- Earnings Per Share Increases in Excess of 100% to $0.31 Per Share -
- Revenue Grows 147% to Record $406.7 Million -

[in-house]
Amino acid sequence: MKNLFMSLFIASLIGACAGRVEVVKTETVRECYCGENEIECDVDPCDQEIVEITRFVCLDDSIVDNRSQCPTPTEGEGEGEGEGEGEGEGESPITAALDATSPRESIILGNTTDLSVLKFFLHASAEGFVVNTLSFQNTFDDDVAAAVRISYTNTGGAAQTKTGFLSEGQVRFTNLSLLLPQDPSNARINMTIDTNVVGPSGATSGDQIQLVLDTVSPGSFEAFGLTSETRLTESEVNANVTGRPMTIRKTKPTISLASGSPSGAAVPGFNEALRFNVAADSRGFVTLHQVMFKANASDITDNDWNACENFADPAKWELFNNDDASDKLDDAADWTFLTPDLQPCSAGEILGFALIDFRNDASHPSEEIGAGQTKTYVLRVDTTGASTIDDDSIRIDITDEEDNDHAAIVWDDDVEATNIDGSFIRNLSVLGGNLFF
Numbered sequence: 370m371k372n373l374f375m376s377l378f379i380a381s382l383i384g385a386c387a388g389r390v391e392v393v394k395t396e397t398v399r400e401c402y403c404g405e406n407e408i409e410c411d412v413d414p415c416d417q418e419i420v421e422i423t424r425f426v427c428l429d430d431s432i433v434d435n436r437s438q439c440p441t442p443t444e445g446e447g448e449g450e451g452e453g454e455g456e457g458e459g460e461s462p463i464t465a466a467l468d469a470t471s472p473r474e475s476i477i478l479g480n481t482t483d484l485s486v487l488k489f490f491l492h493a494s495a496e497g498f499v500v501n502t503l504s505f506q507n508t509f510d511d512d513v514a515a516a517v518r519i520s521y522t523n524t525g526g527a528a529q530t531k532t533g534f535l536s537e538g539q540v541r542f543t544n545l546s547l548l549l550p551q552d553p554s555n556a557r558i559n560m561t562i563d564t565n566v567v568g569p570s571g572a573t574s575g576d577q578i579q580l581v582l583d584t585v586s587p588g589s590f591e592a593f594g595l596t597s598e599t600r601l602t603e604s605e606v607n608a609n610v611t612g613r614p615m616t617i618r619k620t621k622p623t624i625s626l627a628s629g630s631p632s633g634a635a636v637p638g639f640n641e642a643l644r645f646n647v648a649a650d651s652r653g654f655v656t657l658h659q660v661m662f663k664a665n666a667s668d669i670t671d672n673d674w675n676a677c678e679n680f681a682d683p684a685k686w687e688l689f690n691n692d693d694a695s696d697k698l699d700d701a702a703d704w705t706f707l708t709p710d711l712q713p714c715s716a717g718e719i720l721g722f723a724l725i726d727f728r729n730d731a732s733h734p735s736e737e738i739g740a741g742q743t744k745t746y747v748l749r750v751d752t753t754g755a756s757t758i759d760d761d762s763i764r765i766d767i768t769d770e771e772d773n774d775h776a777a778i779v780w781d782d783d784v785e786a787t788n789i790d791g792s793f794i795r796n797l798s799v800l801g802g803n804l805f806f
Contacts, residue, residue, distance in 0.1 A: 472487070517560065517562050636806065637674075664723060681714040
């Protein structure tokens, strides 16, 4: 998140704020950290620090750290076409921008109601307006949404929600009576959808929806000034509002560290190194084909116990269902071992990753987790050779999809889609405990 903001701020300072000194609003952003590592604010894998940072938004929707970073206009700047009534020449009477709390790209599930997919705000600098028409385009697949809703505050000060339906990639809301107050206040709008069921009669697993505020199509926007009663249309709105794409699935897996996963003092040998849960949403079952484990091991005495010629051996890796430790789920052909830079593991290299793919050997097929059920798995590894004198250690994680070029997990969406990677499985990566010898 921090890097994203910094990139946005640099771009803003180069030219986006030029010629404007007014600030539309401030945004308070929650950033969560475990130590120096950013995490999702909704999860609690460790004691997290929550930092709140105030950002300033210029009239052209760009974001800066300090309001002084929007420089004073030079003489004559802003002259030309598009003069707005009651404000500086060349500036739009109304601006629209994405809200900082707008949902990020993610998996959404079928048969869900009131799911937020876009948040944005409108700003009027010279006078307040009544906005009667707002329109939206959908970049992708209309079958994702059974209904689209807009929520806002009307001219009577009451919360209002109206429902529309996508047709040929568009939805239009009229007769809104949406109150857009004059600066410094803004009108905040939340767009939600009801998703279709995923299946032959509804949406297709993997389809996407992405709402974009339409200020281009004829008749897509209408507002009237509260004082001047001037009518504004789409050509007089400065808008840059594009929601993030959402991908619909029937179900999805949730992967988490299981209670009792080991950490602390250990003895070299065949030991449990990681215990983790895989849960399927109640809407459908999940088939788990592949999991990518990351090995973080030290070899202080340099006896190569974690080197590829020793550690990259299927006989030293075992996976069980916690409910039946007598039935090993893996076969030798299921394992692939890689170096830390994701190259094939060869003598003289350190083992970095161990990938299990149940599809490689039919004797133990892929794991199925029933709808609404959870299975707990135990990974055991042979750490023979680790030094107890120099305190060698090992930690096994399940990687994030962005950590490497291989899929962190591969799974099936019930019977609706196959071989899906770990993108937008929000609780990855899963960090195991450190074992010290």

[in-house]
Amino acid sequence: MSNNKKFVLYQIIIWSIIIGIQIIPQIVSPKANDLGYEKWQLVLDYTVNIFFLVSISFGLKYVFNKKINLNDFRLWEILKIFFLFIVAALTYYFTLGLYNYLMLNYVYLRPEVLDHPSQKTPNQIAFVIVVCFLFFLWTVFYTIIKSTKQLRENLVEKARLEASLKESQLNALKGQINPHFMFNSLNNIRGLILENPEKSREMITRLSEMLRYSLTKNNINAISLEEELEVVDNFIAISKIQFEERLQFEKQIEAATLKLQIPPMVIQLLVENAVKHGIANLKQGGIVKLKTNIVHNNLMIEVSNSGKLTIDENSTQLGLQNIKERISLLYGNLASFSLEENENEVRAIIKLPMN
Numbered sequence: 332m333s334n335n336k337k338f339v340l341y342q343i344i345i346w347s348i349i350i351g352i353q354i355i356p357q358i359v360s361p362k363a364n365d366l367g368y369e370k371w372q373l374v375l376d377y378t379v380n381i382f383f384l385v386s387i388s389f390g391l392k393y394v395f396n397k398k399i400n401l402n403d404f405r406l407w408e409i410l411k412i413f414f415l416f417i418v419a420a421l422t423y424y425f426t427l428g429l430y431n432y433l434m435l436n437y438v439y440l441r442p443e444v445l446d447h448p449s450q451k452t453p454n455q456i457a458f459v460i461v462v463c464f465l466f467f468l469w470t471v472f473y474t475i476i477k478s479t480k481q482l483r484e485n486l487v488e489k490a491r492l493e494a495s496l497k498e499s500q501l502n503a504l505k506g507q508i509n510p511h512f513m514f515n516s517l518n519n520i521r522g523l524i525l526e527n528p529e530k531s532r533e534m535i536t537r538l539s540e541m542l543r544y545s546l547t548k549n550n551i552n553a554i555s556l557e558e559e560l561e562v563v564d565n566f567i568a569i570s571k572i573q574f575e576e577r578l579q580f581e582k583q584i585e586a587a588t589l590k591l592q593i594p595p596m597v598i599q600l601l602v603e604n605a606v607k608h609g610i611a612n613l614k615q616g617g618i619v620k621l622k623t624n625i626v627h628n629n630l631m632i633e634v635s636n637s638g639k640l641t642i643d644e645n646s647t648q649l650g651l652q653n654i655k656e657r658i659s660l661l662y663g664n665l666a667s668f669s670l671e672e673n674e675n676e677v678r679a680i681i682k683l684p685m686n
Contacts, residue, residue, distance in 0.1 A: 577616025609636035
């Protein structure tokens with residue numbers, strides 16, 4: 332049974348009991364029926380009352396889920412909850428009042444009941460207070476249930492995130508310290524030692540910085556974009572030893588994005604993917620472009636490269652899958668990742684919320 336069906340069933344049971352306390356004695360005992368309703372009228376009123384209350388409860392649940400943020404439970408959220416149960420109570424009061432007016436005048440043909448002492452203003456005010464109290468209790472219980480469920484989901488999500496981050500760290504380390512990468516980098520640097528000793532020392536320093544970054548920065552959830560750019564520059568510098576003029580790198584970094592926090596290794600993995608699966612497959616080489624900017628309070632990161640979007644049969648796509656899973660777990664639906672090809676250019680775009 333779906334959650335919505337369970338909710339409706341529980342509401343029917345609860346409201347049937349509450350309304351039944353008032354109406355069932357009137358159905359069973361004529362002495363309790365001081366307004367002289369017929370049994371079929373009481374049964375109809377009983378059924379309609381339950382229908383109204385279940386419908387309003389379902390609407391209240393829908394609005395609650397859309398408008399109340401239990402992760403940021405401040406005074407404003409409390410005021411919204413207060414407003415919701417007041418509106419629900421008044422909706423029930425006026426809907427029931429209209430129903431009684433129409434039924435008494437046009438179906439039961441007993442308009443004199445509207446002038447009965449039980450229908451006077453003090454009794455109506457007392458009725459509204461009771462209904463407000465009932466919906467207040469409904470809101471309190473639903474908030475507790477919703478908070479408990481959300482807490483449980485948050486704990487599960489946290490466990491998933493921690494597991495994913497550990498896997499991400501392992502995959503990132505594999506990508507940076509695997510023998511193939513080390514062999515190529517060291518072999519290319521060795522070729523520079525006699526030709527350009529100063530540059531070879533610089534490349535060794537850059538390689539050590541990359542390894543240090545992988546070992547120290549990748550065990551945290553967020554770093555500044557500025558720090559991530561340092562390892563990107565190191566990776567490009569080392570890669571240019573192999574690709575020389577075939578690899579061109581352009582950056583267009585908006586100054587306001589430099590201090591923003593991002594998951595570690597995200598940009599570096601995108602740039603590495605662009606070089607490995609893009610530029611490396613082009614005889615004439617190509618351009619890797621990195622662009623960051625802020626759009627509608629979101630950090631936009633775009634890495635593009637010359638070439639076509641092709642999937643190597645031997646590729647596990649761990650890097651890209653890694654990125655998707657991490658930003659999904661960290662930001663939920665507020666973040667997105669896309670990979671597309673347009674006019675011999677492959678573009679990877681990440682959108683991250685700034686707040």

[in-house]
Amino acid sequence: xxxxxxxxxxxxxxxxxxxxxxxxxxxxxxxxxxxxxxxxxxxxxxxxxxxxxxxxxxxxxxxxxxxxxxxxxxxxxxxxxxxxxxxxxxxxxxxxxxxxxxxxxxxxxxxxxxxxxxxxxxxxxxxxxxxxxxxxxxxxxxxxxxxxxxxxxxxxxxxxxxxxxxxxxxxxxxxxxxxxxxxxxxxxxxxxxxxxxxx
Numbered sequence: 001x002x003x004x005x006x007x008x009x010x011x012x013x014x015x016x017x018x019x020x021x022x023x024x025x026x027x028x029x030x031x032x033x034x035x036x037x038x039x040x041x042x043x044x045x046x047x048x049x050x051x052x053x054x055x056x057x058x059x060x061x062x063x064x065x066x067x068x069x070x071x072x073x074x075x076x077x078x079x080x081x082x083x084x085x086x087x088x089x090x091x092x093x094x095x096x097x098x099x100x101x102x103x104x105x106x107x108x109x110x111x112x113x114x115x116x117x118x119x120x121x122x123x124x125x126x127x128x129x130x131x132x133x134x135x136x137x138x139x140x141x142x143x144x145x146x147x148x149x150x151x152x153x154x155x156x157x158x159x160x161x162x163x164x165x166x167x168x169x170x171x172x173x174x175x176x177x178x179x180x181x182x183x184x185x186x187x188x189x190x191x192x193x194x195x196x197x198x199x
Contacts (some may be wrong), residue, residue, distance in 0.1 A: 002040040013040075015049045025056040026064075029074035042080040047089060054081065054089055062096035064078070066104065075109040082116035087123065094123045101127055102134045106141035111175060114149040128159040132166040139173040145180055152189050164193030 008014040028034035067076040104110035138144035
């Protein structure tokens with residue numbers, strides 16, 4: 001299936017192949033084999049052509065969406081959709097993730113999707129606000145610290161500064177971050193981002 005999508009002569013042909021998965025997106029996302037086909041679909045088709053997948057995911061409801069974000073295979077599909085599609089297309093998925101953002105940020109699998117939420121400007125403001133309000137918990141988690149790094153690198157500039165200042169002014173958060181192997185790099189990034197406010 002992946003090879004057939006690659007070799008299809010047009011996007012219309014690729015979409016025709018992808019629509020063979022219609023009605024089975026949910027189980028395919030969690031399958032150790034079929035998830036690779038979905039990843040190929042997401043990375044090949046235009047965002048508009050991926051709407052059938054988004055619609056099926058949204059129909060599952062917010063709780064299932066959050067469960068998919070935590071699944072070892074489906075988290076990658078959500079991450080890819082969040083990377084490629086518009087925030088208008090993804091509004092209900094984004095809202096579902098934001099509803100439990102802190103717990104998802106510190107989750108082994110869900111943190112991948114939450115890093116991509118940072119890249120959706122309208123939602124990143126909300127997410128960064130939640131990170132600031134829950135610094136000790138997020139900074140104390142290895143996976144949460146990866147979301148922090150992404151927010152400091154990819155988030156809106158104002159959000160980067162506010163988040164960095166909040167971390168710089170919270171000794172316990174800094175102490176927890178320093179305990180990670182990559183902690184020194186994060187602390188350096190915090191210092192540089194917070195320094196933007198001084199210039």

ATLANTA, May 2, 2013 (GLOBE NEWSWIRE) -- Ocwen Financial Corporation, (NYSE:OCN), a leading financial services holding company, today reported Net income of $45.1 million, or $0.31 per share, for the first quarter of 2013 compared to Net income of $19.3 million, or $0.14 per share, for the first quarter of 2012. Ocwen produced record revenue of $406.7 million, up 147% from the first quarter of 2012. Income from operations grew by 108% to $163.1 million for the first quarter of 2013 as compared to $78.4 million for the first quarter of 2012.Ocwen's normalized pre-tax earnings were $101.4 million, a 90% increase over normalized pre-tax earnings in the first quarter of 2012 and a 22% increase over the fourth quarter of 2012. The adjustments in the first quarter of 2013 included: $38.2 million of transition expenses; the write-off of $17.0 million of unamortized deferred costs and discount associated with the early termination and replacement of a senior secured term loan facility; and $5.1 million of contribution from sold operations. Ocwen generated Cash flow from operations of $401.9 million. After reducing this amount for the repayment of related match funded debt, the Company generated adjusted cash flow from operations of $265.8 million. For more detail on normalizing items as well as prior earnings releases and SEC filings please refer to the "Shareholder Relations" section of our website at www.ocwen.com . "The Company's string of record quarterly revenues will continue into the second quarter as we benefit from a full quarter of ResCap revenue and our recent acquisition of Ally Bank's mortgage servicing rights," commented Bill Erbey, Ocwen's Chairman. "Ocwen's core earnings and cash-flow were strong in the first quarter, and we should see these trend higher as a percentage of revenue as we drive down costs and delinquencies on newly acquired business. Ocwen's lower funding costs and improving pre-pay speeds on non-prime loans should also support better performance versus our original expectations."